“A Day in the Life” with Calgary artist, Gary McMillan

Gary McMillan always seems to have some project or projects on the go. If it is not a series of paintings, then it will be some otherworldly or whimsical sculpture made out of cardboard or even snow. Once, he was asked to do an installation for an art event for Loft 112. He built a seven-foot-tall wood and a cardboard gingerbread house with a built-in funhouse of mirrors full of flowers and toy animals that people could stick their heads into.

Everything has the potential to be a fun and challenging project for Gary. For our son’s birthday, he once made a hanging trophy unicorn cake and mounted it on the wall. He always seems to look for imaginative ways to do things and maintains that is what he applies to all of
his artistic endeavours.

He does most of his work in a crowded basement studio, so sometimes the projects sprawl out into other parts of the house. Bits of cardboard and paint smears appear now and again on the carpets, and I remind him to be careful to pick up any staples or nails left behind. Gary McMillan kind of lived like this back when he was single, and discovered the fun of using whatever was at hand to make strange art projects while attending AUArts, formerly ACAD, in the late 1980”s.

He remains the same today. He is currently painting a string of small panels of humanoid aliens, but I am certain that eventually, something new and large and outlandish will materialize in one of the rooms of our house.

Written by Kari Brawn – Wife

Gary McMillan
This year’s snow creation beside my house. I make about one per year for the delight of myself and my neighbours.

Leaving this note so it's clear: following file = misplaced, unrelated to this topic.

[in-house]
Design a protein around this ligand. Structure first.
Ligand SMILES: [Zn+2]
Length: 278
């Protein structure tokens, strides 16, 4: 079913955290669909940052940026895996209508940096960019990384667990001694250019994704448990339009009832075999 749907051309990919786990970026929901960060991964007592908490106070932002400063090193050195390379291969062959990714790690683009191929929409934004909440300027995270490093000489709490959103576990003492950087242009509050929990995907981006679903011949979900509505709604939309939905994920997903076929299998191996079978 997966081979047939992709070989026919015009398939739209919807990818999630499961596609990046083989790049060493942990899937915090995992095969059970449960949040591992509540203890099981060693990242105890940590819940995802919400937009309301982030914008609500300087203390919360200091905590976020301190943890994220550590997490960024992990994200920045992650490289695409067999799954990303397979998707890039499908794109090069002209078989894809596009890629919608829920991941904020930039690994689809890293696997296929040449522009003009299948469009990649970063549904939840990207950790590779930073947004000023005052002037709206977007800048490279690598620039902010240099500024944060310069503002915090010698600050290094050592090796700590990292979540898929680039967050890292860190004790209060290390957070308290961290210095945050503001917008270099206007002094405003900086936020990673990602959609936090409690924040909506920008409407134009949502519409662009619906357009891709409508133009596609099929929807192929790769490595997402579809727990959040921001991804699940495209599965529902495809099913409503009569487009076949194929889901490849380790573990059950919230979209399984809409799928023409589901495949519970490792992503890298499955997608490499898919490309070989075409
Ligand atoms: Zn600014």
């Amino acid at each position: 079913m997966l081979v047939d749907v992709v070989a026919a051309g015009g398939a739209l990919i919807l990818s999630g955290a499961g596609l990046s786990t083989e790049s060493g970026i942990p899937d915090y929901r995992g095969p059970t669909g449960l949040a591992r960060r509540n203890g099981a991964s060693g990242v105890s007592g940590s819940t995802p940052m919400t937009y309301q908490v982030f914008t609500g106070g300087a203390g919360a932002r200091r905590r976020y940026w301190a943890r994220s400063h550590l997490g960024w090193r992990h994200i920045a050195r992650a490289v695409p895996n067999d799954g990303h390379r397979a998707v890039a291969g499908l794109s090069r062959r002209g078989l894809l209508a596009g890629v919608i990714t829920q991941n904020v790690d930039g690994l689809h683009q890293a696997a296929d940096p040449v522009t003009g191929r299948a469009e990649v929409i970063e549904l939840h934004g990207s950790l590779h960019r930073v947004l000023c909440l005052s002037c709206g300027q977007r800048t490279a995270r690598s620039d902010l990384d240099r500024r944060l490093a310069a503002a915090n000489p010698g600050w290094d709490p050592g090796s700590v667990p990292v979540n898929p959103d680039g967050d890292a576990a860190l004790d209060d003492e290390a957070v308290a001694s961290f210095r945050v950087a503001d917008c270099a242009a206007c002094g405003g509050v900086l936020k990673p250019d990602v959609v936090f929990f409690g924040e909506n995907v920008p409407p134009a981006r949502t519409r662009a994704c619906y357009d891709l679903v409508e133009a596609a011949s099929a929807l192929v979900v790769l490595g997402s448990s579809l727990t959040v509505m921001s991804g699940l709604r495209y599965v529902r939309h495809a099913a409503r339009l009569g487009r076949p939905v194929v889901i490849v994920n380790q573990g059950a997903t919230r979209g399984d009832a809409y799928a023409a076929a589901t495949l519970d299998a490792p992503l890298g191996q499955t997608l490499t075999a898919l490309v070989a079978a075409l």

Gary McMillan
This is my Wall-Mounted-Unicorn-Trophy-Head-Birthday-Cake. This was for my 17-year-old son – not a little 5-year-old girl. He could handle the horror.
A few years before COVID, I made a gingerbread house installation that people could enter. Once inside, they could raise their heads into a viewing chamber full of visual delights.
Gary McMillan
This is the most fashionable photograph of me ever taken. I took this of myself for a bogus fashion and lifestyle magazine issue that my wife and I made for the family. All of the brand labels in the caption are also bogus.
In 2020, I was invited to have a one-person art exhibit entitled “Galapagos”, at the Okotoks Art Gallery. It was a wonderful space in which to show my paintings and cardboard sculptures.
These two characters are biding their time around the rarely used upper bathroom bathtub. They were in short-term storage while awaiting installation at Edmonton’s Harcourt House Art Gallery
Here are a couple of my current paintings. They are both on 16”x20” panels. I am working smaller these days to minimize storage space.
Gary McMillan
A few years back, I set up a 19th-century salon-style art display of some of my oil paintings at C-Space in Calgary. Note the historical garb. This was part of the first Art Calgary art collective exhibition and sale of fine artwork.

Which ‘hood are you in?

I live in an old 1912 two story home in West Hillhurst. To me, it is the best place to live in the city because I can easily go painting along the Bow River from Edworthy Park to Fort Calgary.

What do you do?

Apart from making and selling artwork, I am self-employed as a part-time craft person making custom wax models for a few independent Calgary jewelry retailers.

What are you currently working on?

As a continuing practice for many years, I like to go out landscape painting near my home, usually along the Bow or Elbow rivers. It is a great way to spend a good part of a day engaged with one of the city’s natural places. In the studio, I am working on an ongoing series of small paintings featuring alternate worlds occupied by an array of peculiar beings.

Some of these will be in an upcoming travelling show through the TREX program set up by the Alberta Foundation for the Arts and the Art Gallery of Alberta.

Where can we find your work?

As of last year, I decided to be in control of my own marketing and selling of my artwork. I am no longer available in commercial galleries, although I always welcome the opportunity to exhibit in public galleries. You can find me on Facebook and you can find my work on my two websites, two Instagram pages and on my two Etsy stores. The reason I maintain two pages on each platform is to separate my more traditional work from my contemporary work. It is just less confusing for everyone all around.

Contemporary ETSY | Fine Art ETSY 

Contemporary Website  | Fine Art Website

Contemporary Instagram | Fine Art Instagram

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